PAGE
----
Some good explanations here about how hey work and how they control stray light. However, some lower-end refractors have baffling that does indeed clip the aperture. I'm not sure why they are designed that way, other than to mask the outer edge of the lens, where the majority of optical issues occur.
The baffles also set what's called the fully, 100%, illuminated field at focus.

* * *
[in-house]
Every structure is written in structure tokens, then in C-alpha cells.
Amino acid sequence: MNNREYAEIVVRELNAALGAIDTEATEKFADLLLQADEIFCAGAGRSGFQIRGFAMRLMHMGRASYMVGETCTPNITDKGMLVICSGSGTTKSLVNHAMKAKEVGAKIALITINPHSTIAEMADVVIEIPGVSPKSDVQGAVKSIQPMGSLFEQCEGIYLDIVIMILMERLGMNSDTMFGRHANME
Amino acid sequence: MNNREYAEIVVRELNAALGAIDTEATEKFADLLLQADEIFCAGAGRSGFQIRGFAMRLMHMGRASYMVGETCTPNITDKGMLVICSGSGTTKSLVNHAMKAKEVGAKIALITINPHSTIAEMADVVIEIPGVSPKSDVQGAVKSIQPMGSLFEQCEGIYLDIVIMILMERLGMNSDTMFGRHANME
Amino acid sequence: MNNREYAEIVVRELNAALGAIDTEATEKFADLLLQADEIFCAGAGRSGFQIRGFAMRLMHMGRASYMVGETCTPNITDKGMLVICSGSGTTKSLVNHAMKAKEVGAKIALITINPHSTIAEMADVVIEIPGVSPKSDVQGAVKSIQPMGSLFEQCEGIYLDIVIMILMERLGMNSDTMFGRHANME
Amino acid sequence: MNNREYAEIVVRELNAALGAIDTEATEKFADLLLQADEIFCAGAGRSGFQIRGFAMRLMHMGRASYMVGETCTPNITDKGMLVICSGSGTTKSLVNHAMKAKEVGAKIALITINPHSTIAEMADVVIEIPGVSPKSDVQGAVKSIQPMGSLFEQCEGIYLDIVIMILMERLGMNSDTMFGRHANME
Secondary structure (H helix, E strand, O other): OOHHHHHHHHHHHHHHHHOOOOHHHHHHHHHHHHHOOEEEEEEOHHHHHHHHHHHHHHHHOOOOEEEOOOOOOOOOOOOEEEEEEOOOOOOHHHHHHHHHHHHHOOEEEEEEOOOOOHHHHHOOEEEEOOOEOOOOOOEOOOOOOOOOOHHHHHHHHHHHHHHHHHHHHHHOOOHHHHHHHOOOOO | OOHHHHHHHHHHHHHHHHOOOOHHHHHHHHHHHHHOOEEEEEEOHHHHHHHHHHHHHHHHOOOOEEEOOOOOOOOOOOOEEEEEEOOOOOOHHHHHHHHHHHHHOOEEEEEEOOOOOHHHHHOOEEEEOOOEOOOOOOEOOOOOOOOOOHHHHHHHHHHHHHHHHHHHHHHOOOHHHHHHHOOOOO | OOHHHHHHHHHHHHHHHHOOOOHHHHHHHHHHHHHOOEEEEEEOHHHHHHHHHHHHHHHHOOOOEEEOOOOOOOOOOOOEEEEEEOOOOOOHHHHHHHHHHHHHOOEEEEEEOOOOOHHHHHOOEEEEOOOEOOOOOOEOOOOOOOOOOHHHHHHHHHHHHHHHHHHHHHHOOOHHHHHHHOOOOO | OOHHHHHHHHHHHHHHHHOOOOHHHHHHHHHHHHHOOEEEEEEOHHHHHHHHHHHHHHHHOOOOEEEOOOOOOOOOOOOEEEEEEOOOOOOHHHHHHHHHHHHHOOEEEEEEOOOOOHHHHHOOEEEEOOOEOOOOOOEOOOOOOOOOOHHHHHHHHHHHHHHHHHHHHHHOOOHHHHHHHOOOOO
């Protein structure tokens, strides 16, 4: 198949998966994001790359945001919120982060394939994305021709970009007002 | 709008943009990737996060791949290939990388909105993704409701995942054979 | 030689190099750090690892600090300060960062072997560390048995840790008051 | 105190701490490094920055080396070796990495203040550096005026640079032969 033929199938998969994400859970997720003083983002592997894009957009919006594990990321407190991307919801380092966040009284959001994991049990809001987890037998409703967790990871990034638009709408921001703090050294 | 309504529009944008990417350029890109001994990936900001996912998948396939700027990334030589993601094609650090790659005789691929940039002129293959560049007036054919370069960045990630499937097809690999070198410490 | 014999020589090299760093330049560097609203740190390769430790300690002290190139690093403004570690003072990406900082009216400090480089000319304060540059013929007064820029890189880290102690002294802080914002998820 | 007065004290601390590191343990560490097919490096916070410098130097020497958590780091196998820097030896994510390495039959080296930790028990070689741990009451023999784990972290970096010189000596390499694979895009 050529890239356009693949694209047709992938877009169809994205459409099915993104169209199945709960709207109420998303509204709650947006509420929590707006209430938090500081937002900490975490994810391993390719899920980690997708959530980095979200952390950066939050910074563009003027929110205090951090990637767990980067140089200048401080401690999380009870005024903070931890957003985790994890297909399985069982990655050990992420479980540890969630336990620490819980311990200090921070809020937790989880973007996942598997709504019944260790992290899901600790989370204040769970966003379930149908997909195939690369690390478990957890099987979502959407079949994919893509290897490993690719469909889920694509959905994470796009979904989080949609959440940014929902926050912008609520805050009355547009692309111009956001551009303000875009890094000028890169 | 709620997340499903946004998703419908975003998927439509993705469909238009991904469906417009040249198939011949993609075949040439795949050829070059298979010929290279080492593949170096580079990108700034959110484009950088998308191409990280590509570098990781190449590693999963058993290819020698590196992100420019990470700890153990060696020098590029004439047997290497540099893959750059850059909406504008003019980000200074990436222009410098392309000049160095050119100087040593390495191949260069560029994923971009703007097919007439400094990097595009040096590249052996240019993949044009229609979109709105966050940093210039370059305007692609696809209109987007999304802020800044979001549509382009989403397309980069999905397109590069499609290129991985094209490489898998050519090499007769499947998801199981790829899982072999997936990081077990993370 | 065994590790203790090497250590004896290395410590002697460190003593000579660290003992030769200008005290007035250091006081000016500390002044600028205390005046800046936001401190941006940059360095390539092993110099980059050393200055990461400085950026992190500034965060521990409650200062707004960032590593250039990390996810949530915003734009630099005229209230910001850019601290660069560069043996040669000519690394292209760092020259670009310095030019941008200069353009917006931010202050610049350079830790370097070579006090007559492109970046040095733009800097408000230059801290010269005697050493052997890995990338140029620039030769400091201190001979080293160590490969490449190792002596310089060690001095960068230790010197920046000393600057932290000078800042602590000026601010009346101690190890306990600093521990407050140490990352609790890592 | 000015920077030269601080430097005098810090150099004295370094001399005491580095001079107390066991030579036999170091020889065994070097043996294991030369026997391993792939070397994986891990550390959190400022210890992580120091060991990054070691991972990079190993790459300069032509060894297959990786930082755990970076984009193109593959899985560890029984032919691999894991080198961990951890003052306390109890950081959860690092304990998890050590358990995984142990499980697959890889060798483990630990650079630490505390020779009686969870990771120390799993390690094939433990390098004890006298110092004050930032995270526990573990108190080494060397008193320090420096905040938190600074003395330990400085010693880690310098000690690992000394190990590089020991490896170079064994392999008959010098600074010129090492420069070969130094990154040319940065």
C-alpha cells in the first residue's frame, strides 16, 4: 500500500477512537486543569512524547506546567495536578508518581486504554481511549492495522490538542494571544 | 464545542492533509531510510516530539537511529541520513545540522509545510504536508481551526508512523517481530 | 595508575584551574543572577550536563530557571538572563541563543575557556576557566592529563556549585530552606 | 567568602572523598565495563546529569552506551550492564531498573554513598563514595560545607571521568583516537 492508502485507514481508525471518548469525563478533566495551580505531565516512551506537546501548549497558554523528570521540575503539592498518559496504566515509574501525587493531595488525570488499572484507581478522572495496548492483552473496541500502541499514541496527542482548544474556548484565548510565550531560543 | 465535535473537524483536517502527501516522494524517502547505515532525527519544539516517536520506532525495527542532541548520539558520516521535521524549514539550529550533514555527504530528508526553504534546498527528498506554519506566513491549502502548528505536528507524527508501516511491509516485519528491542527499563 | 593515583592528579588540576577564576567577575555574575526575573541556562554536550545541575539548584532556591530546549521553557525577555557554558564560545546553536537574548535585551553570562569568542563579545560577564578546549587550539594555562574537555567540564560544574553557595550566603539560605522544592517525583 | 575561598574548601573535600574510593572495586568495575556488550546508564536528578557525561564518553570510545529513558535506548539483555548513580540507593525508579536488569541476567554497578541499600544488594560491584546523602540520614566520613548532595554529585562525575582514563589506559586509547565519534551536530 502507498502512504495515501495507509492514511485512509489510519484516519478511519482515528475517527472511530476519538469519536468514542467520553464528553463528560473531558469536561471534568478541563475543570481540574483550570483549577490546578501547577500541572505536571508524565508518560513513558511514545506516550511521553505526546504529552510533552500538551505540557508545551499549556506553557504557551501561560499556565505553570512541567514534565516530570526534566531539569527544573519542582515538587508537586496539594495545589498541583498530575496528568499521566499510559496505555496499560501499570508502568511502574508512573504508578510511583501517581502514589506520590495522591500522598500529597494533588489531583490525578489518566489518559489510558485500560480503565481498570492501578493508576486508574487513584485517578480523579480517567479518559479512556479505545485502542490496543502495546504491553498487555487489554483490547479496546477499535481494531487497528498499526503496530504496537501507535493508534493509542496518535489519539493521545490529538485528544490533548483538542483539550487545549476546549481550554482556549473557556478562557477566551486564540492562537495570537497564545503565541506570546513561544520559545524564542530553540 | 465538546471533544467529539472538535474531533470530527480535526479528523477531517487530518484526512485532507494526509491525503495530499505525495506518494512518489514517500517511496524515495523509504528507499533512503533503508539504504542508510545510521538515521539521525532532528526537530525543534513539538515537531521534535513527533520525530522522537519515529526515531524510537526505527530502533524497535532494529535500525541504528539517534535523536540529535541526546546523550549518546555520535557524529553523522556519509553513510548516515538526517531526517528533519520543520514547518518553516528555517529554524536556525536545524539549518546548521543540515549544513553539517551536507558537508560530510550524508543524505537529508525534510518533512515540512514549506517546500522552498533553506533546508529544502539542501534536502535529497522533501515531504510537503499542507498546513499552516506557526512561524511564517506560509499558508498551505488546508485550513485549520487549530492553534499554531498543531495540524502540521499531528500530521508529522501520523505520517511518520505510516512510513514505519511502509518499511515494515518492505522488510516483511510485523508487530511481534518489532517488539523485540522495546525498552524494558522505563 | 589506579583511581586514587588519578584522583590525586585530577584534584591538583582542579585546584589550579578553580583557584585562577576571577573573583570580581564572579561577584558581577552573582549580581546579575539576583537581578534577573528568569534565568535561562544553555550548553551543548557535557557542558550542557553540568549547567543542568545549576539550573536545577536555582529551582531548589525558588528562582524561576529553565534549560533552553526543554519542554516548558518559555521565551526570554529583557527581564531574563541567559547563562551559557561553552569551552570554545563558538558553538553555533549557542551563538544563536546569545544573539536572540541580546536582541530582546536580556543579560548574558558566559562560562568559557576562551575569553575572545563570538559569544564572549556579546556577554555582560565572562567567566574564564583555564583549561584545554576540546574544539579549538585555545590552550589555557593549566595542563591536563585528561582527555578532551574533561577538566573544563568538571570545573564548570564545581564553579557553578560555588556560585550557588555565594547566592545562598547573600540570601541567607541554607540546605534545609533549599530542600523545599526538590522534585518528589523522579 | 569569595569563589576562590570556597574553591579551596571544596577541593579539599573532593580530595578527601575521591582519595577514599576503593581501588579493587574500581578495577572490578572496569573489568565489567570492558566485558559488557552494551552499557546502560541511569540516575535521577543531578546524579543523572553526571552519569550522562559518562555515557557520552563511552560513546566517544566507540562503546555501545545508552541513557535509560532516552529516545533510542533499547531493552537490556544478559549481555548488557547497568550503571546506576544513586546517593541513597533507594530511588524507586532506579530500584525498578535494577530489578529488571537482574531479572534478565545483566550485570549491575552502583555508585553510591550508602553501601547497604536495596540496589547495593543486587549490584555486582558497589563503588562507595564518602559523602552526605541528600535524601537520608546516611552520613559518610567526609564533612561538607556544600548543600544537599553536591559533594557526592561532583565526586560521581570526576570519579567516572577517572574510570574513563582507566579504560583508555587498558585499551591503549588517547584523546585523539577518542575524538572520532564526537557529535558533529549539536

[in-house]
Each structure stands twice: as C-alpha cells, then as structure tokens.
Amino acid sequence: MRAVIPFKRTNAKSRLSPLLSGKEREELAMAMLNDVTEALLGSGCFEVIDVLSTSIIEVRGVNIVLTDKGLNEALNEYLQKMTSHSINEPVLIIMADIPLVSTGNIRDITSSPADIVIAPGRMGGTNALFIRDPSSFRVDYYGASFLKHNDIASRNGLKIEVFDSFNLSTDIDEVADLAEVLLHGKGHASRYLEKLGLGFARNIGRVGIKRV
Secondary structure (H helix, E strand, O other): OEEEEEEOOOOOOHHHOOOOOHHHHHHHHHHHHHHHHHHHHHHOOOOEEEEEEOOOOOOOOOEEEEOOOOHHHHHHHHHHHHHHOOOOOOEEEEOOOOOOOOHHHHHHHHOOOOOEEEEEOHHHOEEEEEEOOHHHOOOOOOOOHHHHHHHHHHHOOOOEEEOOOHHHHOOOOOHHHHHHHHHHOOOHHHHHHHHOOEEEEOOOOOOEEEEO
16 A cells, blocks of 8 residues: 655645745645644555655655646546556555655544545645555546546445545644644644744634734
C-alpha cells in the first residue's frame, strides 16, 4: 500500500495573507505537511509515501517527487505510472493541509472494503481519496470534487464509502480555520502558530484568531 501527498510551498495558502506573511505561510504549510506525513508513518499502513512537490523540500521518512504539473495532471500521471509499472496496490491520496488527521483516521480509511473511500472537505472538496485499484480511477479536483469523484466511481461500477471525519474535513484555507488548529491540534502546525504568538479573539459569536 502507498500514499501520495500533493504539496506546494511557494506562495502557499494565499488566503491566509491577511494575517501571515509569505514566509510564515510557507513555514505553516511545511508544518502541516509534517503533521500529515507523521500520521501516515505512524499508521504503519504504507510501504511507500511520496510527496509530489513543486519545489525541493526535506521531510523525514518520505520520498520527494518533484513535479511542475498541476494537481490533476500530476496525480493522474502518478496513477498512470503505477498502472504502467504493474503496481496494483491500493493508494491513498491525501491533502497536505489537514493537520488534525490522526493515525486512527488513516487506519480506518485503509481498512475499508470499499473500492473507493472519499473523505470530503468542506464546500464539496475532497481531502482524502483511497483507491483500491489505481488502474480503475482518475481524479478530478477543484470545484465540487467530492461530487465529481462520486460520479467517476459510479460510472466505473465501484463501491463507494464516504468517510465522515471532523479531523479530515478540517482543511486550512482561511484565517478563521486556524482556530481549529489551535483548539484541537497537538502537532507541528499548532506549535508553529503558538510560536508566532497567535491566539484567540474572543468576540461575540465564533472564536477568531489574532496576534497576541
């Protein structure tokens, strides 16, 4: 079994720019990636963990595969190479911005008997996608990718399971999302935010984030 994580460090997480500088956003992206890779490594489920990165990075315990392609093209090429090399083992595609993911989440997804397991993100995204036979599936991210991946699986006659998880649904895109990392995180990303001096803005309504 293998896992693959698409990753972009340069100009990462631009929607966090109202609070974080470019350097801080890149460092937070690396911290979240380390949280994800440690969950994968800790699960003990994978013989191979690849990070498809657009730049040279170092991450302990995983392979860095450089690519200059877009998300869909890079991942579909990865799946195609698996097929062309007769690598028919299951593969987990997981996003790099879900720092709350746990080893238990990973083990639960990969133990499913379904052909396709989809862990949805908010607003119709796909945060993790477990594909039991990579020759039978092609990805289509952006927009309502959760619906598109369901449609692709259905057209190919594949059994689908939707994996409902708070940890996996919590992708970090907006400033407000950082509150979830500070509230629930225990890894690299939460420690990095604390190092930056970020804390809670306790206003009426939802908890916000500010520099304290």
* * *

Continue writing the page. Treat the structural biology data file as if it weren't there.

A neat and informative thing to do is to note the focuser position when looking at astro-stuff. During the day, run the focuser to that position and remove the eyepiece, then, simply put your eye right up to the opening and look inside the tube. You should be able to see the edges of the objective. Now pan right to left a bit You will more than likely see the edges of at least one baffles start to intrude on the edge of the objective. That "diameter" before that happens is your fully illuminated field. In modern, fast APOs, especially those for imaging, that diameter can be very large. For slower, more visual scopes, that diameter may be rather small but you will also notice that, even when you position your eye all the way over to one side, not that much of the objective is masked. The other thing you will see is just how deep black the blackness surround the objective is. Even simple baffling is very, effective at killing off stray light.